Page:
Super 8mm film documenting "Disco Demolition Night," which took place after game one of a July 12, 1979 doubleheader between the Chicago White Sox and the Detroit Tigers at Comiskey Park in Chicago's Bridgeport neighborhood.
The anti-disco promotion was spearheaded by White Sox owner Bill Veeck along with shock jock Steve Dahl of 97.9 FM WLUP "The Loop," a Chicago rock station. Attendees were able to attend the games for only 98 cents and a disco record; between the doubleheader’s games, all the donated records would be blown up in center field. The White Sox were forced to forfeit the second game when the promotion went off the rails, when some 7000 anti-disco demonstrators rioted on the field and caused significant damage to the park. The riot resulted in at least nine injuries and 39 arrests.
The film begins with a shot of WLUP spokesmodel Lorelei Shark shot off of a television set. The film then turns to Comiskey Park, as a larger-than-expected crowd of anti-discoers wait outside in t-shirts printed with statements such as "Disco Destruction Army" and "Fuck the Bee Gees." Shark is then interviewed on the baseball field before throwing out the first pitch. Radio personality Steve Dahl shakes hands with shaggy-haired teenage boys in the crowd. Leisure-suited Alan Cassman expressively sings the National Anthem in front of over 48,000 guests (the White Sox had been drawing fewer than 10,000 on an average game day).
Meanwhile, outside the stadium, a counter-demonstration of disco fans dance next to a WDAI 94.7 FM Disco Radio banner. One WDAI sign has been vandalized with the word "SUCKS."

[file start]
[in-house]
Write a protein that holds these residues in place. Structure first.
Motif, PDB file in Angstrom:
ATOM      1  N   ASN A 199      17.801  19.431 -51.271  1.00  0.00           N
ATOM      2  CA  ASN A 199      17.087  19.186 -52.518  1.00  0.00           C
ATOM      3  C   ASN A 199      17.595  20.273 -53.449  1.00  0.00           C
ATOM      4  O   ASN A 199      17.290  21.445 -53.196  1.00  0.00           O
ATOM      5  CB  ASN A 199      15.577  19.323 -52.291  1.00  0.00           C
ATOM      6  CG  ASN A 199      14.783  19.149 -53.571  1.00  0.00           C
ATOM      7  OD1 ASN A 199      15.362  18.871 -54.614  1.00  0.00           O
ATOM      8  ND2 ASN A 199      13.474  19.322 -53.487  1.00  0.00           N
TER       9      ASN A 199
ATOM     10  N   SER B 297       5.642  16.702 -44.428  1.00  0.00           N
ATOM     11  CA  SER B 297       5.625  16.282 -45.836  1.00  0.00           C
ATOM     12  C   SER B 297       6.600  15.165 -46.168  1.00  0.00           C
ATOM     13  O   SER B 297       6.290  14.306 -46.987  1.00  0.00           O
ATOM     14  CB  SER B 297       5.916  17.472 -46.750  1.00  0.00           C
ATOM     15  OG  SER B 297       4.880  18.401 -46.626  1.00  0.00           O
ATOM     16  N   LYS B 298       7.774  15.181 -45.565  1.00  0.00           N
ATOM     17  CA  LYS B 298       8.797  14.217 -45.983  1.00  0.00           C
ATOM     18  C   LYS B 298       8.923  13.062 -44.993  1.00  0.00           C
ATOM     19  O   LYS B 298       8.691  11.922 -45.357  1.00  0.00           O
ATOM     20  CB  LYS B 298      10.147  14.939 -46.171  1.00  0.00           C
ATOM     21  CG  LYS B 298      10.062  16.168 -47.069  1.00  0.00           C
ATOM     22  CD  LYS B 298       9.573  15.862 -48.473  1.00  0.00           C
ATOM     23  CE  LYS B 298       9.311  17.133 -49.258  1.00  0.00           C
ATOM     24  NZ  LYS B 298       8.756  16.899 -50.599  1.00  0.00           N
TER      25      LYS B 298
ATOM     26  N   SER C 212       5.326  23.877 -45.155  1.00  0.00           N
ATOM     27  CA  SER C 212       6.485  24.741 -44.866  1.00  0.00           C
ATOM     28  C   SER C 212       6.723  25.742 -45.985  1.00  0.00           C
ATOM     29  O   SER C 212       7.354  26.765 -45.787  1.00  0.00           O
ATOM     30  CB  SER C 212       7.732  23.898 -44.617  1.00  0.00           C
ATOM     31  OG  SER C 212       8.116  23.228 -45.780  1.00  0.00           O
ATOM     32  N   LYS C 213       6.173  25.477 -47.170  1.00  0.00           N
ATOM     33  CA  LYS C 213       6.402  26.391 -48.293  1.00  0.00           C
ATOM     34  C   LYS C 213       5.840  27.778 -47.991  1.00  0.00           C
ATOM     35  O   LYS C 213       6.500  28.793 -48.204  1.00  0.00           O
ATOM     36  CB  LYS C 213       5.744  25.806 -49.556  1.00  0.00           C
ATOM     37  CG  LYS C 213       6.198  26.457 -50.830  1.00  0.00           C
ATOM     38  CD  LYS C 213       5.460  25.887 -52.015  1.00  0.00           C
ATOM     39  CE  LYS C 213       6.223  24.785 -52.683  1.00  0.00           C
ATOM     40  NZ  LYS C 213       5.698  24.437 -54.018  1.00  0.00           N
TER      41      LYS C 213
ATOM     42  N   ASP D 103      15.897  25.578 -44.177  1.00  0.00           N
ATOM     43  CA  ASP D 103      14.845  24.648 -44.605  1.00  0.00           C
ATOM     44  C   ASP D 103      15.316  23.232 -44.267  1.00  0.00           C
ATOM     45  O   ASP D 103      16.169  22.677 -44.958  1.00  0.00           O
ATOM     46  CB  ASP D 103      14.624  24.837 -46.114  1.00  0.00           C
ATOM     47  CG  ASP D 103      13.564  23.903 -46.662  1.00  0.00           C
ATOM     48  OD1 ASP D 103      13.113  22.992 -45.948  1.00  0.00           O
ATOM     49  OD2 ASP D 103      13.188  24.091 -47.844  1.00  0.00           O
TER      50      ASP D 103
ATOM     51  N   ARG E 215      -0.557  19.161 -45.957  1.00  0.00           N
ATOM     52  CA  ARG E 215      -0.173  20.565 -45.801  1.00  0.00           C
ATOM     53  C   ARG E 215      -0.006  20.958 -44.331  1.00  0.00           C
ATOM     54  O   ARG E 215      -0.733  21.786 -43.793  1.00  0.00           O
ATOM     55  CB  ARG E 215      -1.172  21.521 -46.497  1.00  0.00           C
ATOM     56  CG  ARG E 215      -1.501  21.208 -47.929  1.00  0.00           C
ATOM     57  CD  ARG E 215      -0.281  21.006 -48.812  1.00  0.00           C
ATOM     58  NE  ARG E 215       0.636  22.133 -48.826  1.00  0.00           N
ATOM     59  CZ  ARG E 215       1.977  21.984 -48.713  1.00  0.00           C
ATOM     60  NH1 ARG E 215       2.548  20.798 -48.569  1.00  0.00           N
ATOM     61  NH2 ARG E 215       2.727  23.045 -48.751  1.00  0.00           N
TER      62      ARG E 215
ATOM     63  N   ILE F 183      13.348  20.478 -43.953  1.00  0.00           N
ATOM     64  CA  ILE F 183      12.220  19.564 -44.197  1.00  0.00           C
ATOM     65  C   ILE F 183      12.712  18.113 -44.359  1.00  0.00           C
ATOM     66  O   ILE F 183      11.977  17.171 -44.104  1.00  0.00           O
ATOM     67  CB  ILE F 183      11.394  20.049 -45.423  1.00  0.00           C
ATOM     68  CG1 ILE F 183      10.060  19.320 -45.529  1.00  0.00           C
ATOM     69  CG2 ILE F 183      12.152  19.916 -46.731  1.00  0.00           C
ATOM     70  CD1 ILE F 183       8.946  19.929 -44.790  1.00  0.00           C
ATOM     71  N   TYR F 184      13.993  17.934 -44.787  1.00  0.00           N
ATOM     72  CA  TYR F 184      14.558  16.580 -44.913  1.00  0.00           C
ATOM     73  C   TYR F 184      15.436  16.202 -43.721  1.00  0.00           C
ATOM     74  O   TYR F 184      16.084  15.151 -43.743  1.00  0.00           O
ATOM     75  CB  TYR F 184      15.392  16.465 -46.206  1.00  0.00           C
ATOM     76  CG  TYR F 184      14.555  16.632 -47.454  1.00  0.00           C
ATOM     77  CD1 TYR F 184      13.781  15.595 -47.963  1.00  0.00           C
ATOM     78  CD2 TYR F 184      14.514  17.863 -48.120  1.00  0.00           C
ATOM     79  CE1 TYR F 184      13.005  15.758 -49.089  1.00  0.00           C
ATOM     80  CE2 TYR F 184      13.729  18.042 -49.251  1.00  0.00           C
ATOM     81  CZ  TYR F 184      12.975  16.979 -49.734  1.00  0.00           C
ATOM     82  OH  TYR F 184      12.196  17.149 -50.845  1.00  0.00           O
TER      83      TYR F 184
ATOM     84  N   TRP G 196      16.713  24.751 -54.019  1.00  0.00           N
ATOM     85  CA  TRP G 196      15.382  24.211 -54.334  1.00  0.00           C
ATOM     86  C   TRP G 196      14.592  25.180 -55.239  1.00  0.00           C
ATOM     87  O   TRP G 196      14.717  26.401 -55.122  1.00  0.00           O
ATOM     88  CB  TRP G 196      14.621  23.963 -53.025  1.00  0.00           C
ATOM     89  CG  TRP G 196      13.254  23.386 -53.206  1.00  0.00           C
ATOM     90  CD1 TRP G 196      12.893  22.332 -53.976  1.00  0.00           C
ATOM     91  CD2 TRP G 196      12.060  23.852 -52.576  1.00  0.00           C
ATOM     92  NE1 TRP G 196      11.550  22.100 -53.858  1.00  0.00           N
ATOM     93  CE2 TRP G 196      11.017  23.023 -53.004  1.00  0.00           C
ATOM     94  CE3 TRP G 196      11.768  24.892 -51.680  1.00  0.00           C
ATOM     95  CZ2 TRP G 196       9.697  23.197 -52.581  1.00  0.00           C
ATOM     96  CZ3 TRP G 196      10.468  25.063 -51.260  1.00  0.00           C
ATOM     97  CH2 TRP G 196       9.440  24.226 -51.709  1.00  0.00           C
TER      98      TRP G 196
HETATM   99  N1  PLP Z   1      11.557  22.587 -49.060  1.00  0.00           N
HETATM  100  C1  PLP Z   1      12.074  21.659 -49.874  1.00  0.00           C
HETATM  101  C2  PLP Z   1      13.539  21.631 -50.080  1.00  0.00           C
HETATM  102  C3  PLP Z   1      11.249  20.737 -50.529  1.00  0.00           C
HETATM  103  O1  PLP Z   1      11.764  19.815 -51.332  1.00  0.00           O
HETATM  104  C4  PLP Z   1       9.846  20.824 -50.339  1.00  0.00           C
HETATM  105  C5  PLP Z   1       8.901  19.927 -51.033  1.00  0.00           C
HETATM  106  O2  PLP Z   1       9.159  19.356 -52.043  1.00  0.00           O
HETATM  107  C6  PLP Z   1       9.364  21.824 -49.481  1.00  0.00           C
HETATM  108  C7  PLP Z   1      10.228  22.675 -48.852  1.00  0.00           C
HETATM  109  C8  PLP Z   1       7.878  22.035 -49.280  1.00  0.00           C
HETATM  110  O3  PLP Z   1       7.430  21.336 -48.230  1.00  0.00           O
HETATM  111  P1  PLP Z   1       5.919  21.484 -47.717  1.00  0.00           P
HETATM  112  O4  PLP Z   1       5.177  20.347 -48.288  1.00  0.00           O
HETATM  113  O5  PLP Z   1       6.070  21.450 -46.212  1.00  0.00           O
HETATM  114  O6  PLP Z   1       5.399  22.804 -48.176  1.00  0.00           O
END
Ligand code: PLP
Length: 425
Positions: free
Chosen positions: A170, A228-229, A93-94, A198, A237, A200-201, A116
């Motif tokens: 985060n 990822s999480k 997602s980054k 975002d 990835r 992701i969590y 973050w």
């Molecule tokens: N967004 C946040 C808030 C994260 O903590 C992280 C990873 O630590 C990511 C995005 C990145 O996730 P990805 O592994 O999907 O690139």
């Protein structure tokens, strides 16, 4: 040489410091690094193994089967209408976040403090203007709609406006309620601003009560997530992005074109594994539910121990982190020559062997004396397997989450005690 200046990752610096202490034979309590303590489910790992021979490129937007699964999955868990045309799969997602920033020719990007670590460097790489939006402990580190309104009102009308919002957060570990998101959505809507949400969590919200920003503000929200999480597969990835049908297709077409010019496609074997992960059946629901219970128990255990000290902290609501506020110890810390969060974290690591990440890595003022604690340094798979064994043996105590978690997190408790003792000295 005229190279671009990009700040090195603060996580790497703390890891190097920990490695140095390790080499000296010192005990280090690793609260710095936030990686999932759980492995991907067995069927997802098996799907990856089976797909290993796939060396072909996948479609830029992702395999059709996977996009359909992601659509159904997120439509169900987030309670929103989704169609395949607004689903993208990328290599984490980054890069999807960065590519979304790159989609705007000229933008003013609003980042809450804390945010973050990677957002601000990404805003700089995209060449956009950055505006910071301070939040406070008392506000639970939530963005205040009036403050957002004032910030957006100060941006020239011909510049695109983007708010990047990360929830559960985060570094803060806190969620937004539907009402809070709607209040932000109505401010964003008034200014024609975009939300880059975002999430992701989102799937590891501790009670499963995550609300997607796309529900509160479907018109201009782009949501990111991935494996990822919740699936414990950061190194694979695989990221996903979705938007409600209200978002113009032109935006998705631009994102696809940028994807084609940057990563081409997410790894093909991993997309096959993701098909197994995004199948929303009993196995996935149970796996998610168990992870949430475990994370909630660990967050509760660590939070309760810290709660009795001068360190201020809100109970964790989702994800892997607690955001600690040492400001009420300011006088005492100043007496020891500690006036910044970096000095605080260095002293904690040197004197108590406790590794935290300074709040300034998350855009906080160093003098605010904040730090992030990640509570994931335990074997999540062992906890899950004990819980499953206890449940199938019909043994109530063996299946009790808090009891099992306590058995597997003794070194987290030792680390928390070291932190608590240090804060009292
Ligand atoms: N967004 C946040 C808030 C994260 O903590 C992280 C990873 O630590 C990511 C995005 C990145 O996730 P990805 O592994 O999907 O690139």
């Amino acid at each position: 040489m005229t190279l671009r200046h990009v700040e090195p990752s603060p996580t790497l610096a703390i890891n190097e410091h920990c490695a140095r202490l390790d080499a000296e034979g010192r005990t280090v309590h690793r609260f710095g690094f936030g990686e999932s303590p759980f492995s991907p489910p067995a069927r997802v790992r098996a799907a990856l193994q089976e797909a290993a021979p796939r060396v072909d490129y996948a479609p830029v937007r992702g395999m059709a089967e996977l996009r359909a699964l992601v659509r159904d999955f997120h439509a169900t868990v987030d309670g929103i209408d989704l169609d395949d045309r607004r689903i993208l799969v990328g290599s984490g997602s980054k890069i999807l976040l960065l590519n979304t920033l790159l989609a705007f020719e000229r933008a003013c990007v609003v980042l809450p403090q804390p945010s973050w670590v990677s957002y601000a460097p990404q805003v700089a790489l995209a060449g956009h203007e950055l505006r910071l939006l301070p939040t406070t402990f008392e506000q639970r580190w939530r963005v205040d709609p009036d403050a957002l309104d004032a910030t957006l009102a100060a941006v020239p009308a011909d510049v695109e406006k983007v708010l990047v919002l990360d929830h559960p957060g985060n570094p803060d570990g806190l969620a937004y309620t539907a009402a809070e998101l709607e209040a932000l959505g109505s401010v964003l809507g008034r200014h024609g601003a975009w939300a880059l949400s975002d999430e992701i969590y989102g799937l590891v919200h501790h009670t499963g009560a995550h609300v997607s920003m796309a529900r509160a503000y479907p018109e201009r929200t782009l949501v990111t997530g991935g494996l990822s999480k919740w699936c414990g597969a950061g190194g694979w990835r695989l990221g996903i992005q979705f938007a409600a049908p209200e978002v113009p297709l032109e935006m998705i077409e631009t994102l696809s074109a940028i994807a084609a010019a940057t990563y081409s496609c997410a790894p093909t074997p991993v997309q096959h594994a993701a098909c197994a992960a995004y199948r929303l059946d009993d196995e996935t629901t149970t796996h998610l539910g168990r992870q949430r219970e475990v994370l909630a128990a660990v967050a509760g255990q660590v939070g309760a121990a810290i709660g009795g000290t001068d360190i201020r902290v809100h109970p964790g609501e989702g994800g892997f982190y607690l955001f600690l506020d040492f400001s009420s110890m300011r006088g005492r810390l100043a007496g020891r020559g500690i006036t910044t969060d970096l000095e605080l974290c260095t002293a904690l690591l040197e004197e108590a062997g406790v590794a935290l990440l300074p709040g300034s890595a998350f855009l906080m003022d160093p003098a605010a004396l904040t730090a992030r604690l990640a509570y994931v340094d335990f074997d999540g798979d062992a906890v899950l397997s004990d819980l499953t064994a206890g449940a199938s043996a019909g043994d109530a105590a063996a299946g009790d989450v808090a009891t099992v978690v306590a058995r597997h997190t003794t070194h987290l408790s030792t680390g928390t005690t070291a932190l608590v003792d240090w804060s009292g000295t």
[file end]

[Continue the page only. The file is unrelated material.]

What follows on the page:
A huge overflow crowd is now gathered outside Comiskey Park. Some people throw records at the side of the stadium, and broken discs can be seen on the ground. A man drives a cart with two cardboard boxes full of disco records into the stadium. Dahl's broadcast partner Garry Meier, wearing a "Disco SUCKS!" pin on his hat, is interviewed from the passenger seat of a Jeep, which then drives Dahl, dressed in army fatigues and a helmet, into the stadium. Shark, Meier, and Dahl (Village People record in-hand) walk to the pitcher's mound as night falls. A crowd of photographers and journalists swarm them as they lead the crowd in chants of "Disco sucks!" Filmmaker Bill Stamets is well-positioned and films Dahl and co. from a close, low angle as they sing for the crowd.
A fuse is ignited and fire moves towards the crate of vinyl records, which eventually bursts into flames and explodes. Dahl and the rest of the WLUP gang speed out the centerfield gate in a Jeep.
Next, black-and-white footage of a baseball game is filmed off of a TV set. Now shooting from the announcers booth, Stamets captures Harry Caray trying to restore order to the stadium as thousands of rioters run onto the field. Chicago police try to clear the field as a small fire grows.
Next is a shot of an interview with Dahl filmed off of a television. The film ends with footage of Dahl playing in a Loop-sponsored softball game versus the rock band Journey in May 1980.